Warning after new price rise

DRAMATIC energy price hikes will force more people into debt problems, a credit union boss warns today.Simon Pain, manager of Ipswich and Suffolk Credit Union, said the decision by British Gas' decision to raise power prices by 15 per cent was “crazy”.

DRAMATIC energy price hikes will force more people into debt problems, a credit union boss warns today.

Simon Pain, manager of Ipswich and Suffolk Credit Union, said the decision by British Gas' decision to raise power prices by 15 per cent was “crazy”.

The Centrica-owned supplier, which provides gas and electricity, announced an immediate rise on Friday, the same day that an inflation-busting EDF Energy prise rise kicked in and a week after an npower price hike was announced.

Mr Pain said the flurry of energy price rises - justified by the firms because of rising wholesale and transport costs - would lead to more people seeking financial help from the credit union.

“Energy is an obvious and necessary expense at this time of year. Gone are the days of 50 pence pieces going in the meter.

“A 15pc rise is more than people would expect - it is crazy for what is an essential part of people's day-to-day lives.”

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British Gas defended the rises by saying that higher wholesale prices of oil and gas had forced the move and that the increases wouldn't apply to those hardest-up.

Phil Bentley, managing director of the firm, which is Britain's biggest buyer of gas, said: “Lower availability of supplies from both here and the continent, coupled with higher global oil prices, have forced up wholesale prices.

“We can't absorb the burden of these higher energy prices and the costs of delivering a cleaner environment.

“We are investing in further lowering our carbon emissions. However, this also comes at an increasing cost for all. Ultimately, the best way of reducing energy bills is to make our homes more energy efficient.”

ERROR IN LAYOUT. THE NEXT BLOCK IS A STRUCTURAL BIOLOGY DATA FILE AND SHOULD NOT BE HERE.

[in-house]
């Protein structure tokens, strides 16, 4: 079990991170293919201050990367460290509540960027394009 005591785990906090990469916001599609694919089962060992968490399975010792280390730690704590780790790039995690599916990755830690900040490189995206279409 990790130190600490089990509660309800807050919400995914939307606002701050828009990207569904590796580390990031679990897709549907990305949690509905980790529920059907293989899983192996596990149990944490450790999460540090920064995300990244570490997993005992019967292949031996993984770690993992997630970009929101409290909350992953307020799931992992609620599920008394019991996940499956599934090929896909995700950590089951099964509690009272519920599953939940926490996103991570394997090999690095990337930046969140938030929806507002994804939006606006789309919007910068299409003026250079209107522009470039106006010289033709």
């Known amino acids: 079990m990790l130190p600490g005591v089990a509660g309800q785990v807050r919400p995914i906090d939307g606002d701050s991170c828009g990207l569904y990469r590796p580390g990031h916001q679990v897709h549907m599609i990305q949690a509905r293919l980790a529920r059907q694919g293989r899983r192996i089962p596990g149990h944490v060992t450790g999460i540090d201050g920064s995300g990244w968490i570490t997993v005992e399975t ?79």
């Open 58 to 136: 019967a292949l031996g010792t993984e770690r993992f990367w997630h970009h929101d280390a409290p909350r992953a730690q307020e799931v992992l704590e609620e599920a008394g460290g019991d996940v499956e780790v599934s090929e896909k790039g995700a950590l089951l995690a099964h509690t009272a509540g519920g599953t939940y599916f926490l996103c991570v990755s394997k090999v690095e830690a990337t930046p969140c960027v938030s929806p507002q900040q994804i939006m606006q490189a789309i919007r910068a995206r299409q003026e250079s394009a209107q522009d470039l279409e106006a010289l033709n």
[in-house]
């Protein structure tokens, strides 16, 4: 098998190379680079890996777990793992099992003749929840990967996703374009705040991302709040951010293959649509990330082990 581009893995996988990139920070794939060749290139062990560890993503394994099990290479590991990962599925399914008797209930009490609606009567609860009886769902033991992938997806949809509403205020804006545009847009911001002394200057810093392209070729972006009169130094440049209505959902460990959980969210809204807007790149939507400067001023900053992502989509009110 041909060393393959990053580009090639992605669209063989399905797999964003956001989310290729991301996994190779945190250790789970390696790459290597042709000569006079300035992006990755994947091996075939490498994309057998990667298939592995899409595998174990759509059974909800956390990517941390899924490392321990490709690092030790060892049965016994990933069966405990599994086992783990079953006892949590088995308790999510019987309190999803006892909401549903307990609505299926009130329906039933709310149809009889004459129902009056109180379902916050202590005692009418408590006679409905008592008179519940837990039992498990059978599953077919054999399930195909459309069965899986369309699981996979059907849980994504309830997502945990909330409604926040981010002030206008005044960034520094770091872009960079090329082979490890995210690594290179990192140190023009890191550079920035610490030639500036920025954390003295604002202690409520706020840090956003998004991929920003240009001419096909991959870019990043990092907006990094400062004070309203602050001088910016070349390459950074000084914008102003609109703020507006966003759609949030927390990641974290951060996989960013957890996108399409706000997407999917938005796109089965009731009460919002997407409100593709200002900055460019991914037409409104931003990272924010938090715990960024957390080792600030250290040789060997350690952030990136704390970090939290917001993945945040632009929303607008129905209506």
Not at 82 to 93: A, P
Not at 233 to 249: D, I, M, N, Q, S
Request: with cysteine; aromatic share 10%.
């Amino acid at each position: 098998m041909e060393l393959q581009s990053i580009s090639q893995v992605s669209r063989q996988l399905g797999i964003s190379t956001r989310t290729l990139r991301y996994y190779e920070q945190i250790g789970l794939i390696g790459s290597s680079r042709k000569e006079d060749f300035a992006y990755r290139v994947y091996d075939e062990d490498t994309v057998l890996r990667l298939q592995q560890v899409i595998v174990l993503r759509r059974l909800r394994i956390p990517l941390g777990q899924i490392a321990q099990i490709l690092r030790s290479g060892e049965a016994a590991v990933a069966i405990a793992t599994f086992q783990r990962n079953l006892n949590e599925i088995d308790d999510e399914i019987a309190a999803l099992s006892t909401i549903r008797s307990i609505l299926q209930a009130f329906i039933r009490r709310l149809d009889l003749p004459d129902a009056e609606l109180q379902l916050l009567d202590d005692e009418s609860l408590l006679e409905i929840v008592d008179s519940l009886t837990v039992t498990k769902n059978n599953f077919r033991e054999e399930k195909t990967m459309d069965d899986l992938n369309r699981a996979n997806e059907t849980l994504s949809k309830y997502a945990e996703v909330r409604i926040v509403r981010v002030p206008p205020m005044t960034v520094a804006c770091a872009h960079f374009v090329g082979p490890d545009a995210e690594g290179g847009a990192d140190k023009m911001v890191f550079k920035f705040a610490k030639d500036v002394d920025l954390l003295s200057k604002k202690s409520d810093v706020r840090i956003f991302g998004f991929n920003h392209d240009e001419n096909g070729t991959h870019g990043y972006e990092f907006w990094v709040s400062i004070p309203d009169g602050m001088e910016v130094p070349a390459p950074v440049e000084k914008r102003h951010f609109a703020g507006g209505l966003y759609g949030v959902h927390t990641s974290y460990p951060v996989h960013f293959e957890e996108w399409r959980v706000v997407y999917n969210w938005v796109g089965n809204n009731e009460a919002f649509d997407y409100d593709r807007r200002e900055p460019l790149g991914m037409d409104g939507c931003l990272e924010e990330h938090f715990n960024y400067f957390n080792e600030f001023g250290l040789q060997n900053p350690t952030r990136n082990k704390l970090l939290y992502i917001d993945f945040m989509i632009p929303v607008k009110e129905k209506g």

The increase will be delayed until March 1 for around 340,000 vulnerable customers on British Gas' Essentials tariff and 2.4 million customers on fixed-term tariffs will receive no increase at all.

It will also offer a new fixed price product available to offer price certainty for customers and pointed to the fact that it was the first energy supplier to offer free insulation to anyone over 70-years-old.

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Energy supplier nPower announced above-average price rises for Ipswich customers last week, even though most of Britain's gas comes into the country in nearby Norfolk.

Bill-payers here, part of the Eastern region along London and the East Midlands, face increases of 23per cent for gas and 17pc for electricity, although npower is raising gas prices for 4.1million customers by an average of 17 pc and electricity costs by 12.7pc.

The company says this is due to greater regional costs for distribution and infrastructure but most of Britain's gas arrives here through the huge Bacton terminal between Cromer and Great Yarmouth on the Norfolk coast.

And bosses at Sizewell B regularly say that it provides electricity for all the homes and businesses in East Anglia.

nPower says higher increases in certain regions increases have been levied to cover additional costs including maintaining pylon and pipe networks and will not apply to those customers its social tariff, which can include vulnerable or less well off people.

Prices rises by EDF Energy came into force last week, with gas going up by 12.9 pc and electricity by 7.9 pc.